The monitoring centre also works with the military and receives live video from surveillance drones that operate over the sea. The drones can reveal evidence of wrongdoing from kilometres away.
These drones and other vessels used for fishery controls are supported by the European Maritime and Fisheries Fund. The EU considers stopping illegal fishing a key objective. The European Fisheries Control Agency coordinates inspection, surveillance and checks in these EU waters. They’re working with all the region’s countries to improve the overall situation in the Mediterranean.
Pascal Savouret, the Executive director at the European Fisheries Control Agency emphasises that in order to protect the Mediterranean sea, “it is necessary to improve the exchange of data, to improve the tracking of ships through the installation of satellite tracking systems. There is also a need to strengthen control plans and risk analysis, and of course to carry out control operations, with full cooperation between the Southern and Northern Mediterranean states”.
Perhaps the positive results in the Jabuka/Pomo Pit area will inspire other parts of the Mediterranean.
Researchers at the Institute of Oceanography and Fisheries have already analysed data from marine surveys, commercial landings and international studies. They conclude that the key fish populations are recovering faster than expected. It seems that protecting a small fraction of the sea has triggered a knock-on effect throughout the Adriatic.
The restrictions have worked in part because they were not imposed by the authorities but emerged as a joint initiative between scientists and fishermen.
Nedo Vrgoč is the Director at the Institute of Oceanography and Fisheries in Split. He says “the fishermen see these measures as their own”. They have been so successful that “fishermen come to our institute and suggest other similar measures”.
It’s a win-win: marine biodiversity is recovering, consumers are enjoying a growing choice of fresh seafood and the fishing industry is making a profit from increasingly abundant and valuable catches.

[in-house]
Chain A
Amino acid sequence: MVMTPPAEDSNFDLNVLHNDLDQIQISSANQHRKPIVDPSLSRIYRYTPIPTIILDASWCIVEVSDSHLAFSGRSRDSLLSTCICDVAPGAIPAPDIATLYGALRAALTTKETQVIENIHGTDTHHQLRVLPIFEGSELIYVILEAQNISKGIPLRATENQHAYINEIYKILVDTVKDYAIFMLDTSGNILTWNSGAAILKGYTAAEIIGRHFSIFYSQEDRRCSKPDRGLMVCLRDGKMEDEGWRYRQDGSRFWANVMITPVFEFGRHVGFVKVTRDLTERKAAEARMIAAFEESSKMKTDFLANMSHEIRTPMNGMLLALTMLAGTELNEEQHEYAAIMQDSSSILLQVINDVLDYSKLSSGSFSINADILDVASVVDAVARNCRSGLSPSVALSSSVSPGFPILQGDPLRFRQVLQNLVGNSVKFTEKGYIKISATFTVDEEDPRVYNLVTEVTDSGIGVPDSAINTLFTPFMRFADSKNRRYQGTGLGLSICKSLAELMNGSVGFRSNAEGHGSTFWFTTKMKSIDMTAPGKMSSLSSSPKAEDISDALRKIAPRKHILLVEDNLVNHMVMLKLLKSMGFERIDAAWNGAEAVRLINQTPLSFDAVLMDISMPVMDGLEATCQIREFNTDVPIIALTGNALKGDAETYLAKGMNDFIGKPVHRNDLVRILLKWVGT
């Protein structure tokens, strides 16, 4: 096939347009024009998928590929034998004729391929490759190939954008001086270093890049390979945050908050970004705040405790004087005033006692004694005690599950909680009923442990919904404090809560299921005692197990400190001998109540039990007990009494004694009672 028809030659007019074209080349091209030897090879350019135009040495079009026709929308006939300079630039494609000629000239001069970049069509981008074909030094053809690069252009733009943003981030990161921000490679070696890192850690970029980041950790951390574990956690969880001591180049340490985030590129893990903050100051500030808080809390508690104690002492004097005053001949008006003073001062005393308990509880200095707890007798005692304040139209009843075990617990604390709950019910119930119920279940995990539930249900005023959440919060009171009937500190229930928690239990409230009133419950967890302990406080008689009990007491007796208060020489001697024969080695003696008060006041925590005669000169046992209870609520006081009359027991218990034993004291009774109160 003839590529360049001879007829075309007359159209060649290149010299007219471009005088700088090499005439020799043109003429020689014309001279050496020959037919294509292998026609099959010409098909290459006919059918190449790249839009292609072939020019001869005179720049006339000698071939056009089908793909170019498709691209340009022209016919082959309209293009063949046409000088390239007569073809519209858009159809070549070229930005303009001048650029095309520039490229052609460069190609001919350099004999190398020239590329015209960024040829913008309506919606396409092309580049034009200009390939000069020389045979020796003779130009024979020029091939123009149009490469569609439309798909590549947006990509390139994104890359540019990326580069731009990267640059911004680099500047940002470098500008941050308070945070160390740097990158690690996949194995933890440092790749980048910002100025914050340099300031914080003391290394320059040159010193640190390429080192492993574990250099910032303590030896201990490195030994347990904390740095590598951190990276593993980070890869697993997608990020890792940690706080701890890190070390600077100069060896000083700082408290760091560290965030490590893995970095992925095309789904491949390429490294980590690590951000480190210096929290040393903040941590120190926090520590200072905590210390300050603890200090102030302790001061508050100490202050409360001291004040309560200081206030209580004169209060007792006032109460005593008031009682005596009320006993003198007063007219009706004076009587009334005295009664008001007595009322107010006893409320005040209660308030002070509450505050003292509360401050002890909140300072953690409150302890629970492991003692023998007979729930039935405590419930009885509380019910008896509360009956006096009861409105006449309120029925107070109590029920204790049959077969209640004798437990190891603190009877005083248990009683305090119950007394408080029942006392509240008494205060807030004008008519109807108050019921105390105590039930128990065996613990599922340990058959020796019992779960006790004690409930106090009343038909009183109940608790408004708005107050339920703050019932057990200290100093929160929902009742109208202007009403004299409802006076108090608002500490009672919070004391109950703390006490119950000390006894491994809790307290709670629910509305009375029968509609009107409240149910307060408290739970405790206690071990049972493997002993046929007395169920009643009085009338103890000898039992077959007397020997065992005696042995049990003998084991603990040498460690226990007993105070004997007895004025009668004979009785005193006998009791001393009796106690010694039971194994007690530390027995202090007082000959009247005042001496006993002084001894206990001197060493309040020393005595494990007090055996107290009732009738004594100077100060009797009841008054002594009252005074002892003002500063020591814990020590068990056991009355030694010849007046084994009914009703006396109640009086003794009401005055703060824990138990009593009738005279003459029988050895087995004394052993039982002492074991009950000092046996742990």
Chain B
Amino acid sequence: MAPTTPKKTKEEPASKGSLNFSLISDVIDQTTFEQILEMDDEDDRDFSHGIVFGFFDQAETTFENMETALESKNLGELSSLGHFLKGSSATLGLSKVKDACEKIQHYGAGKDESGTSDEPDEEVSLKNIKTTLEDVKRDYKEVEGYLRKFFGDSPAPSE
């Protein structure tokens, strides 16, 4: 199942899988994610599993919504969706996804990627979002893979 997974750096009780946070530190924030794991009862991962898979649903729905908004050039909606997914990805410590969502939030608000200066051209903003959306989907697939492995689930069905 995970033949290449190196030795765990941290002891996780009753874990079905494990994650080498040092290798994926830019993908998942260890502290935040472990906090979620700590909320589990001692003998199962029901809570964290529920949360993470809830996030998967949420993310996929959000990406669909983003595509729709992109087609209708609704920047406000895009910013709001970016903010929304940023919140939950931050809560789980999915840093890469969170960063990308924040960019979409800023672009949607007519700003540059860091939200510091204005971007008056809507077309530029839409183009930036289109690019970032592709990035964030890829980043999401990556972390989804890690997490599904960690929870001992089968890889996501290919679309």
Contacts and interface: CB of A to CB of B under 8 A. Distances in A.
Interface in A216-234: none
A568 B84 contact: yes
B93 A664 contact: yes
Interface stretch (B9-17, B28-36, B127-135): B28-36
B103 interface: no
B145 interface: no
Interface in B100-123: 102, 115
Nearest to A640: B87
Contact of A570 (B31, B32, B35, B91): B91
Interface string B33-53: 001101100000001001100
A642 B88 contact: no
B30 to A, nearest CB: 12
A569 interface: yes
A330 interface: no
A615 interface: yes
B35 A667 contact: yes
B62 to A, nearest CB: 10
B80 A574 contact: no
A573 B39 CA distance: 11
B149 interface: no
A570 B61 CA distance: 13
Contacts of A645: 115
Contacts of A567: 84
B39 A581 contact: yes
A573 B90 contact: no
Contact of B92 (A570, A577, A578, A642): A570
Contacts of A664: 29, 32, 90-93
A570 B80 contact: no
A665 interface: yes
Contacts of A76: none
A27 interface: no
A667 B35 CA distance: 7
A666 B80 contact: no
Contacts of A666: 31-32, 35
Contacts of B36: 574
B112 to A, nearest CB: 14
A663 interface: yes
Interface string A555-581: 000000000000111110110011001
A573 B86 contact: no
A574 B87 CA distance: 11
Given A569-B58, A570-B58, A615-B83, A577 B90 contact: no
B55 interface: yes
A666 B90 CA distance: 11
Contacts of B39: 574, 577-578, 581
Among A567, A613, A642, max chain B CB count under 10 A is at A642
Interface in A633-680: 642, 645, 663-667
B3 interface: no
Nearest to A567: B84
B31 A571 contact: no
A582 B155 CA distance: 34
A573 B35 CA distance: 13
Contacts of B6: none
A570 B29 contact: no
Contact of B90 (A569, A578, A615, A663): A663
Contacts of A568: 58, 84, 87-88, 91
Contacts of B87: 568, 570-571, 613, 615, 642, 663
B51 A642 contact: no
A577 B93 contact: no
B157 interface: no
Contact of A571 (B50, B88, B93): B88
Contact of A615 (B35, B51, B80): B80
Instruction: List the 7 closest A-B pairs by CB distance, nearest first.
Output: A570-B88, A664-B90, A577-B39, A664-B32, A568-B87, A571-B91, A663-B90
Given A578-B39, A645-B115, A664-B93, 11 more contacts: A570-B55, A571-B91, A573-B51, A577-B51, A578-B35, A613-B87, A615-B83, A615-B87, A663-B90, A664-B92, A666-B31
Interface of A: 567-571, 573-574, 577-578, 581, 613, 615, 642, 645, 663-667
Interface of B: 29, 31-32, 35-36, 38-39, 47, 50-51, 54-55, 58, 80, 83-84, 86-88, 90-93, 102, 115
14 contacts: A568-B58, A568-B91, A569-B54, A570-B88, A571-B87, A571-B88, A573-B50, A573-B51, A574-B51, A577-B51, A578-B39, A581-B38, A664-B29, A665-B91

Improving local life
This last positive is very easy to see at the historic fish market in Split where most of the fish comes from the Jabuka area. Ana Vučemilović is a Fishmonger there. She tells us that “since they closed the Jabuka Pit, the fish around it have grown bigger (…) In the past that was rare”.
A healthy sea is vital for people living on the islands. The town of Komiža on the island of Vis, some 70 km east of Jabuka, relies on tourism and small-scale fishing to survive. A few years ago, the catches fell so low that going out to sea on a small boat was no longer worthwhile. But today, the pessimism of that period seems to have gone. Local fishermen say that there are now more boats and even new fishermen appearing from younger generations because they see a future in fishing again.
According to recent studies, protecting just five percent more of the ocean would increase future catches on a global scale by at least 20%.
As Joško Pedišic, a vessel owner in the area says “by restricting one small part of the sea, we can preserve the fish for future generations, for our children”.